I have a friend whose family business continues to produce the best rice vinegar in Japan for over 100 years. The company has been assisting rice farmers, all of whom are over 65 years old, to grow rice organically in rice paddies placed at one of the highest elevations in the local in order to secure safe, uncontaminated water for rice production. Then, the vinegar company uses the rice to produce high quality alcohol, actually sake. They employ traditional artisan, time and labor intense methods. At a separate facility five kilometers from the sake producing factory to avoid bacterial contamination, the alcohol is placed in vats with bacteria that consume the alcohol and convert it to acetic acid – vinegar. The whole process takes over one year. The resulting rice vinegar features a richer aroma, color and flavor and higher nutritious value compared to its mass-produced counterpart. When the Slow Food Movement was introduced in Japan, the company immediately became a member, demonstrating that their artisanal food production meets with the standard of the Slow Food Movement. And as a member they wanted to spread the value of all traditional artisanal food production among other manufacturers and consumers. The company still produces the best rice vinegar and continues as a member of the Slow Food advocate, but they no longer want to be associated with mainstream Slow Food Movement that has now lost/changed its way in Japan.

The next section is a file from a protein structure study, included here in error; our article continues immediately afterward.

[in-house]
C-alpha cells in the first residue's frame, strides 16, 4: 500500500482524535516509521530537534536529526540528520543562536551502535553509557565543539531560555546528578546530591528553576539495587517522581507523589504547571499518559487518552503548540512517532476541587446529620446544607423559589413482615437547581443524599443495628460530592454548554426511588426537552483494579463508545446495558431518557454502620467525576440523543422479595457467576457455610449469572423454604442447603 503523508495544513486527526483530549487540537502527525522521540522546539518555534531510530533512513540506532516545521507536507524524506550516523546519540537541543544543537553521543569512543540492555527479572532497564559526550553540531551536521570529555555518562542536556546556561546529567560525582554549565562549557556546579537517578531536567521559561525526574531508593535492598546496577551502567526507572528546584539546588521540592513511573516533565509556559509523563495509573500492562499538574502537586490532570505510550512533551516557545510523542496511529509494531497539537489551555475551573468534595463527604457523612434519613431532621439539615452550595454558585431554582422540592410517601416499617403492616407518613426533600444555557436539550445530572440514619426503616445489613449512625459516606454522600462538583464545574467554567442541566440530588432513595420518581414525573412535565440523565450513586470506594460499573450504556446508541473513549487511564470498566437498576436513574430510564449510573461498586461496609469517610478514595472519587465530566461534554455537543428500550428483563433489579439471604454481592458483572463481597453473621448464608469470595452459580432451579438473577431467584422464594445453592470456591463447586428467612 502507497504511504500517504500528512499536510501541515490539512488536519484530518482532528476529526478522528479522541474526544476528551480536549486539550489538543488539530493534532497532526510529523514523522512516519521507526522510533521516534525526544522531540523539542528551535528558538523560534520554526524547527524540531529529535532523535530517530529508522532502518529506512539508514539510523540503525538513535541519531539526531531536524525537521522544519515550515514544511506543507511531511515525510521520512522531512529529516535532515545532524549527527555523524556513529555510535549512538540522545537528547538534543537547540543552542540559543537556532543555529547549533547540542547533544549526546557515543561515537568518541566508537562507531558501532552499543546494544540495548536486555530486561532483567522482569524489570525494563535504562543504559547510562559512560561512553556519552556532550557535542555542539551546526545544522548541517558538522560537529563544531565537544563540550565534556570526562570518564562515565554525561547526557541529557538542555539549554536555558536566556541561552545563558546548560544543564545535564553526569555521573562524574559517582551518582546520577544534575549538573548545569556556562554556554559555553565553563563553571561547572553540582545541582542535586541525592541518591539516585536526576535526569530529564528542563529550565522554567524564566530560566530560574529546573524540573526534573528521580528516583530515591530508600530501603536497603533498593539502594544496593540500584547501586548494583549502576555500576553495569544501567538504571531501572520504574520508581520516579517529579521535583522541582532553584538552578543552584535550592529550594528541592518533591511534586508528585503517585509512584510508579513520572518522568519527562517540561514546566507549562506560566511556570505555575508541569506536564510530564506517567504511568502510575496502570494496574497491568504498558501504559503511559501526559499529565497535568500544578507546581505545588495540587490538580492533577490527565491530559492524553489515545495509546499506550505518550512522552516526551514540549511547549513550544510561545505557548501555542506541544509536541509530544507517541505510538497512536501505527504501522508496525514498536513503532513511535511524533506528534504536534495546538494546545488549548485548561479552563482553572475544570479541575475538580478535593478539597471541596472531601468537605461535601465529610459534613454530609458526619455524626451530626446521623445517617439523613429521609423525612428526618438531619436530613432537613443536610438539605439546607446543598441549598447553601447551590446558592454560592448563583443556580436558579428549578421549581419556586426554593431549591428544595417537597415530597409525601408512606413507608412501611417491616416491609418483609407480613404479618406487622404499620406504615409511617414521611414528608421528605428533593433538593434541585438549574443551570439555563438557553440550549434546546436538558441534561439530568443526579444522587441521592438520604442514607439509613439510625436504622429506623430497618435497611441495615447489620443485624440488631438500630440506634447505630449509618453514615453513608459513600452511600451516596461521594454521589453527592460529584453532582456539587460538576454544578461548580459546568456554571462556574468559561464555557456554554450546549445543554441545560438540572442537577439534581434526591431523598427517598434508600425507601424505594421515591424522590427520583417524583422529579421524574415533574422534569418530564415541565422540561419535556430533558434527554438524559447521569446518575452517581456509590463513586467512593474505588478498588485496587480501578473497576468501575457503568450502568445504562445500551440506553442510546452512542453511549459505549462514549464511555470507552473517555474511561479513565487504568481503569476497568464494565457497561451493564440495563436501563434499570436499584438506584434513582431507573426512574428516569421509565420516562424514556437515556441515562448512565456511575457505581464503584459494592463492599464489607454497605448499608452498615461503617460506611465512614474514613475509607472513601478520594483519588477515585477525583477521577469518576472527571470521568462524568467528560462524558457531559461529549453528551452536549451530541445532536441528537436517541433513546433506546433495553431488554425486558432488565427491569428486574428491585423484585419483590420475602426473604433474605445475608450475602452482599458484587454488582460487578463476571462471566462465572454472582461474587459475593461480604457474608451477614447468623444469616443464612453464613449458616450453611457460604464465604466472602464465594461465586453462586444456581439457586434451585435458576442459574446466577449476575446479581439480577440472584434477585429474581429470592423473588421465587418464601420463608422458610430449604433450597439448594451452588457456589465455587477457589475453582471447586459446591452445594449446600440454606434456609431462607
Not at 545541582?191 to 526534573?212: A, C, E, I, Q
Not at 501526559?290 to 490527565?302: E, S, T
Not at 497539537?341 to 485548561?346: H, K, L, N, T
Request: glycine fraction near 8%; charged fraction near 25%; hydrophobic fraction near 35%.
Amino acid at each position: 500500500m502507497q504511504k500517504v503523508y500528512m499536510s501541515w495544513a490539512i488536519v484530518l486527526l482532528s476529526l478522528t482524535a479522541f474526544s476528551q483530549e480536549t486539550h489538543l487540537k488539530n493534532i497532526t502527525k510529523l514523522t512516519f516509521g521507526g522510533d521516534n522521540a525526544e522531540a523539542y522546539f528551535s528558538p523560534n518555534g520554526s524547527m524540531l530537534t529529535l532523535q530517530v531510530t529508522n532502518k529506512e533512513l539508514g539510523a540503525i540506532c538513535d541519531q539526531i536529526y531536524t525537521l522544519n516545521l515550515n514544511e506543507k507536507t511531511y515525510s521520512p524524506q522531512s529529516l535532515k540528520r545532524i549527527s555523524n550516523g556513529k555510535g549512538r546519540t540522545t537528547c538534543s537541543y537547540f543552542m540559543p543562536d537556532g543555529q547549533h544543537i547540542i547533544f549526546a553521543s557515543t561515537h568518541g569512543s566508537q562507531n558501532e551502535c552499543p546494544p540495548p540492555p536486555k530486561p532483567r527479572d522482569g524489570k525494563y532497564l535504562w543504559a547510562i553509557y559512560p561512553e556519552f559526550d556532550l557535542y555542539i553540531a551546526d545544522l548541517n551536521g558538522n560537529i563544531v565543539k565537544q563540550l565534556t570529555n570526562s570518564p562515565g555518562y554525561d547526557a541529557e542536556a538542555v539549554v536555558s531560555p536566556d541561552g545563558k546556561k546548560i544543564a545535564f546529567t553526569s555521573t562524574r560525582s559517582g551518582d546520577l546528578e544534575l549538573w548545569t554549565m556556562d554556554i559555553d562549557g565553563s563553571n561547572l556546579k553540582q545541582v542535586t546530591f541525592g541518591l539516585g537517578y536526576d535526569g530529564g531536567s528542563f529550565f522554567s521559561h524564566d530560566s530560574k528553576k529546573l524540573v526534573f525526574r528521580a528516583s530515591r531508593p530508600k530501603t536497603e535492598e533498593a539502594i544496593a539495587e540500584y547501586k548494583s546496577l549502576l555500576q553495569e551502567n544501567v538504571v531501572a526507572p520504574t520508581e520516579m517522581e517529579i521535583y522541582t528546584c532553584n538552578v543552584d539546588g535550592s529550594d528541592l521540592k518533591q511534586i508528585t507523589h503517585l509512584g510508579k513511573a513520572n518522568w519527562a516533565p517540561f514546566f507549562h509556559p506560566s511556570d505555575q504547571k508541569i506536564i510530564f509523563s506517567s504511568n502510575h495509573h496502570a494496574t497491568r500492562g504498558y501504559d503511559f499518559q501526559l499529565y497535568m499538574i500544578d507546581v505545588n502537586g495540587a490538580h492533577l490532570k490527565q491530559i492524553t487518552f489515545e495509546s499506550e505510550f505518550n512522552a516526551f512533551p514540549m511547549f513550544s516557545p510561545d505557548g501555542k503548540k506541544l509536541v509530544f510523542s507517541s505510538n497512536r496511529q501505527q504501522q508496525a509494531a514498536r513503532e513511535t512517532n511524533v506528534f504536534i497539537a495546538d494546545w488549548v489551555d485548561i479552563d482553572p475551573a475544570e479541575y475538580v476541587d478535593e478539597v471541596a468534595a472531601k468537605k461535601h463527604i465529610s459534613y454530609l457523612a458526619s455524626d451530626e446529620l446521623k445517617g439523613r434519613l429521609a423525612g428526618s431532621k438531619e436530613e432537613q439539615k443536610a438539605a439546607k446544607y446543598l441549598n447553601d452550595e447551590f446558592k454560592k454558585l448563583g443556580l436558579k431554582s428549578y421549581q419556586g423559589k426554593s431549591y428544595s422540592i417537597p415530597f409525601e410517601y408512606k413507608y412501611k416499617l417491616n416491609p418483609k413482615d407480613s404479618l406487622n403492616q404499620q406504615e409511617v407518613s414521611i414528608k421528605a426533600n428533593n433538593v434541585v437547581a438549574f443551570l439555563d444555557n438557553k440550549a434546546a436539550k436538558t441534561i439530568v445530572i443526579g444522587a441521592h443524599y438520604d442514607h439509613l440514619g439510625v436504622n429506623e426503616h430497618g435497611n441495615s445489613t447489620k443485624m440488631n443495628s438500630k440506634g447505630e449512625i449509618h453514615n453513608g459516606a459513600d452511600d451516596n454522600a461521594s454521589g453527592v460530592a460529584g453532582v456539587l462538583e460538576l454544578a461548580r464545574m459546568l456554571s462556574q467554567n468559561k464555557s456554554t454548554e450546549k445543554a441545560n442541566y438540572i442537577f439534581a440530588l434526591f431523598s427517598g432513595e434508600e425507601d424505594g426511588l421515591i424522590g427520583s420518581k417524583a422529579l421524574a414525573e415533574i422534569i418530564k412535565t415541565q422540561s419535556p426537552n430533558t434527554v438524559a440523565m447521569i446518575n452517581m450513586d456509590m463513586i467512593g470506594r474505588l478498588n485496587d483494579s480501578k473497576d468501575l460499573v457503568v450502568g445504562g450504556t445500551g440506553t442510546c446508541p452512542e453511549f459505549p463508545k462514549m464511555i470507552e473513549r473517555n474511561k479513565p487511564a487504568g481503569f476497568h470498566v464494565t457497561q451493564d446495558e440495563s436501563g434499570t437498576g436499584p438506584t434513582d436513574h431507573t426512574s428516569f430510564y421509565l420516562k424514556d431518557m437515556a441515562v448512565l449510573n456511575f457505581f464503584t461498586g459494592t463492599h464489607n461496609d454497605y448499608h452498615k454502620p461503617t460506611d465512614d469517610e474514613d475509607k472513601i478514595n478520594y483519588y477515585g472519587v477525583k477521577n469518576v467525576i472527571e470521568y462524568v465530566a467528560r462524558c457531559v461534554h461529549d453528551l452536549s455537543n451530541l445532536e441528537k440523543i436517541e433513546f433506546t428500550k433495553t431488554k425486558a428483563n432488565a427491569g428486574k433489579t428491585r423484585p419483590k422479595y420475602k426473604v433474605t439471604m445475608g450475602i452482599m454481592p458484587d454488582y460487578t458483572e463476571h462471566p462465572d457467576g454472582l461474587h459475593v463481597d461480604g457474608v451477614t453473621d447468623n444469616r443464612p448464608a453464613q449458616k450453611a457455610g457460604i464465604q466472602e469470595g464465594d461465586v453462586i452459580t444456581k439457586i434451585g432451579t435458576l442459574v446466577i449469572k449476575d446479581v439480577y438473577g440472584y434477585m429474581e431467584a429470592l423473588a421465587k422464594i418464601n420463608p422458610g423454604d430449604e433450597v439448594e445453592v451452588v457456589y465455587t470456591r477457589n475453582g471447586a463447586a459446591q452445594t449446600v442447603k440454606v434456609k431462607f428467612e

During my stay this June in Japan, I came to the conclusion that “Japanized” Slow Food Movement is supported by three pillars. One pillar is large corporations which got onto a Slow Food Movement bandwagon to promote their products. The second pillar is local governments which are eager to revitalize local economies by promoting regional food culture, products and tourism under the slogan of Slow Food Movement. Their motivations are largely political. And the thrid group is promoting artisanal foods. My friend obviously belongs to the third pillar group. I am continuing to observe the development and direction of the Slow Food Movement in Japan as it appears to be moving away from the movement in other countries…..